Around one in five people with osteoarthritis, the most common form of arthritis, report depression and anxiety.[ii] In terms of receiving mental health support, one in five patients with rheumatoid arthritis report being asked about emotional issues by a rheumatology professional, even though almost half of the population would like the opportunity.[iii]

Key themes highlighted in the report are:

  • Treating emotional and mental health conditions should be a fundamental part of managing arthritis from point of diagnosis. A recent survey found that two in five people with arthritis had never been asked by a healthcare professional about their emotional wellbeing [iv].
  • Mental health support is needed at every diagnosis/transition point in a person’s journey.
  • People with MSK conditions often feel that they are the only ones experiencing them. Contact with patient support organisations, either through helplines or support groups, can help people understand their experiences are common.
  • Keeping people in work is as important as getting them into work.
  • Training/supporting employers in managing staff with long-term conditions is key.

Recommendations:

  • Integrated physical and mental health support should be available from basic educational materials to integration in pain clinics and rheumatology.
  • Every healthcare professional with an MSK patient should ask about their emotional/psychological wellbeing at every appointment.
  • Healthcare professionals should ensure that patients are aware of patient support groups and organisations available, both nationally and locally.
  • MSK professionals should receive training and CPD to help them better understand and assess mental health. Training should include risk assessment and knowledge of referral pathways.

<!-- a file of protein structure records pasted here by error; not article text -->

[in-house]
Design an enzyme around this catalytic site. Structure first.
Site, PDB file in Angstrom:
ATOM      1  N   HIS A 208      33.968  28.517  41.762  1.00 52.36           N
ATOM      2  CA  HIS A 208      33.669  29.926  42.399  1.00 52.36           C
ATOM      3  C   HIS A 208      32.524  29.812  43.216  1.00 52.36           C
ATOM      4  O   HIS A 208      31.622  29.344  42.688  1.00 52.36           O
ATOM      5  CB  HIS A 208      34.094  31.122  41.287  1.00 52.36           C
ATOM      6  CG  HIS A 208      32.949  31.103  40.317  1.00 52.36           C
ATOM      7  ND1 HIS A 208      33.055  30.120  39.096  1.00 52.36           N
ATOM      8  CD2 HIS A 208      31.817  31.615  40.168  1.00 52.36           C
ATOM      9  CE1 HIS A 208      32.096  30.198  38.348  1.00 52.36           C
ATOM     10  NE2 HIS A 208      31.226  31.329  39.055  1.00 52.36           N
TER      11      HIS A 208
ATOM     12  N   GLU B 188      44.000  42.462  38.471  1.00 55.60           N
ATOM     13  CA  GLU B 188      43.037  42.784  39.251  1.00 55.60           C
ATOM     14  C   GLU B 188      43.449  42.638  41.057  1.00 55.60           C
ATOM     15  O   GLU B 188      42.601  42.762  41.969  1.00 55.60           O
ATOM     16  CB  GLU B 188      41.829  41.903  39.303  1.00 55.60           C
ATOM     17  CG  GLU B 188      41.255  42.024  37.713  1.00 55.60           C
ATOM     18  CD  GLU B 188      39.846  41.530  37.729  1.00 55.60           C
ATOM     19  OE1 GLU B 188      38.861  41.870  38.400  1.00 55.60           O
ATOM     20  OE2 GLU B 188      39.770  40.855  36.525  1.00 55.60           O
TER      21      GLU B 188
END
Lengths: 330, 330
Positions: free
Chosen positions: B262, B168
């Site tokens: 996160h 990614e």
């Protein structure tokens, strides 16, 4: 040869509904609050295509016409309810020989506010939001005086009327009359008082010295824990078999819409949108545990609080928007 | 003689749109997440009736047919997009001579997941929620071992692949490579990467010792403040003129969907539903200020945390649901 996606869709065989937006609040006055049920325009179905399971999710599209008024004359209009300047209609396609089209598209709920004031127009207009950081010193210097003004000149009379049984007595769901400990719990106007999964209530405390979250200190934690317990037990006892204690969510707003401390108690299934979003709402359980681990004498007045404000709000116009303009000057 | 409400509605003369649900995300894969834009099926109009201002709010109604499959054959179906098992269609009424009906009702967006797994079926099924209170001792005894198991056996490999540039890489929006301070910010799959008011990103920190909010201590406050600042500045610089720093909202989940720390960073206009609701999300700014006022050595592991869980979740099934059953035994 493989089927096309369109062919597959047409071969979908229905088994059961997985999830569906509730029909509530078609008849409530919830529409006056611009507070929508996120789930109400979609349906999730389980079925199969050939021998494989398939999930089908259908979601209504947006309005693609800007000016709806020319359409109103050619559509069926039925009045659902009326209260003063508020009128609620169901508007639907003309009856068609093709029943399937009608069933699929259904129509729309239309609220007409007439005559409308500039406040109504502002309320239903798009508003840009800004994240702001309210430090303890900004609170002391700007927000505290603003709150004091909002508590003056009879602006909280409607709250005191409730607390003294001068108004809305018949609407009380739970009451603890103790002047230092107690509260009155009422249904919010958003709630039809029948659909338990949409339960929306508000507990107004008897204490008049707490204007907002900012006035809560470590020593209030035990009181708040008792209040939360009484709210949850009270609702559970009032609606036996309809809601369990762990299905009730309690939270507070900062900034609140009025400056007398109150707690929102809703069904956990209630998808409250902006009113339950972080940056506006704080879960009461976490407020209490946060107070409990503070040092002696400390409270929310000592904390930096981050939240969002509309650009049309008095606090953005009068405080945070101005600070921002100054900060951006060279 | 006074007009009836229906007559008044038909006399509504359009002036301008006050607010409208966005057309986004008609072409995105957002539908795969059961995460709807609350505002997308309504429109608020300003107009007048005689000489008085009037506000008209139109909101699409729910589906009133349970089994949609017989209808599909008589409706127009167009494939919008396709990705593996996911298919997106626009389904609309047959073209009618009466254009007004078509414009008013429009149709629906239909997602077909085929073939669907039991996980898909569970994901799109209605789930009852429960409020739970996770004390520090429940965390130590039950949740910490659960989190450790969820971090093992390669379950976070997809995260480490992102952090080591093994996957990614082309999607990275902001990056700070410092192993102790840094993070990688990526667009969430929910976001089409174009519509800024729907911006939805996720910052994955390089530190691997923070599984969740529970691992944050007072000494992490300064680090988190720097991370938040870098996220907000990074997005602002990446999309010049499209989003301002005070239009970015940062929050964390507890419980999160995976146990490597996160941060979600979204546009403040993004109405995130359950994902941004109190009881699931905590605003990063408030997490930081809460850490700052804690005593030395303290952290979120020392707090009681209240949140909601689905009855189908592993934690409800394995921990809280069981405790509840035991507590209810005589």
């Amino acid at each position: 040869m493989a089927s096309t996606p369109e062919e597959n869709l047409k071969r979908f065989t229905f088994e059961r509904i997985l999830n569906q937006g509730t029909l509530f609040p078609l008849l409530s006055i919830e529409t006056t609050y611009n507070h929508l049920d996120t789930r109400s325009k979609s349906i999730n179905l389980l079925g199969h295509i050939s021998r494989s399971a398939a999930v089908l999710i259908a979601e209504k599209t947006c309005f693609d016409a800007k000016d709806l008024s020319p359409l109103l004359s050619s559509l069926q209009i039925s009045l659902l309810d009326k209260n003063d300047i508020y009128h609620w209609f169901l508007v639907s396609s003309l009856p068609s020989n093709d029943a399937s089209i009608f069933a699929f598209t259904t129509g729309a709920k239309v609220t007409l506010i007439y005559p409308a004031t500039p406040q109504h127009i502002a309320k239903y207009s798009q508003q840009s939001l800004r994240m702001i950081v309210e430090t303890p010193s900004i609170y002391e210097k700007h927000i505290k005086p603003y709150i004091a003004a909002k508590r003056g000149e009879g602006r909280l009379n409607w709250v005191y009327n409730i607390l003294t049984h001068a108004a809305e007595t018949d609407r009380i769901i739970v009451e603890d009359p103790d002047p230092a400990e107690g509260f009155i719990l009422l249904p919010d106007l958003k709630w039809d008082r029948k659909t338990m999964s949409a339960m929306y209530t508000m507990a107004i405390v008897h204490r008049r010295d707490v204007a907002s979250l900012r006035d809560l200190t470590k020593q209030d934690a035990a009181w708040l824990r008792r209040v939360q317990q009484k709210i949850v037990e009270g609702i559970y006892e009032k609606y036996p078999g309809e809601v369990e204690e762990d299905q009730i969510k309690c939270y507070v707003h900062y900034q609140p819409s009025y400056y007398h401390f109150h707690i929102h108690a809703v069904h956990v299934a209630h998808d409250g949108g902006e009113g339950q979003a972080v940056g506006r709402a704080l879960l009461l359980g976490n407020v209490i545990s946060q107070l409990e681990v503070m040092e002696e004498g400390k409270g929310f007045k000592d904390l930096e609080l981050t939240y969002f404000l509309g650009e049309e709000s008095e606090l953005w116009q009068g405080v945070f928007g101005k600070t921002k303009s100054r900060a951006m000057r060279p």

Leigh Walmsley, arthritis patient and London 2012 Paralympic Archer, says:

“I developed osteoarthritis after a serious cycling accident aged 11, but noticed the first signs of inflammatory arthritis in my 20s. The impact arthritis had on my life was very significant. I couldn’t run in PE with my classmates, walk too far, stand for too long and as my inflammatory arthritis began to rear its head; there were times I almost couldn’t walk home after work. The fatigue of chronic pain is debilitating and causes depression.

“Arthritis Action appeared in my life when I was at a low point. It was a huge comfort to know there were other people like me, that have the same ideals as me and most importantly, they allow me to help other people with arthritis. I was so inspired, I decided to start a support group for the Charity in the North West. Groups are a great way of bringing people together, helping them feel less isolated or alone, which is really beneficial for our mental health.”

Read the Mental Health Roundtable Report.

[i] Versus Arthritis: State of Musculoskeletal Health Report 2018
[ii] Versus Arthritis: State of Musculoskeletal Health Report 2018
[iii] National Rheumatoid Arthritis Society (NRAS): Emotional Health & Well-being Matters Survey 2018
[iv] National Rheumatoid Arthritis Society (NRAS): Emotional Health & Well-being Matters Survey 2018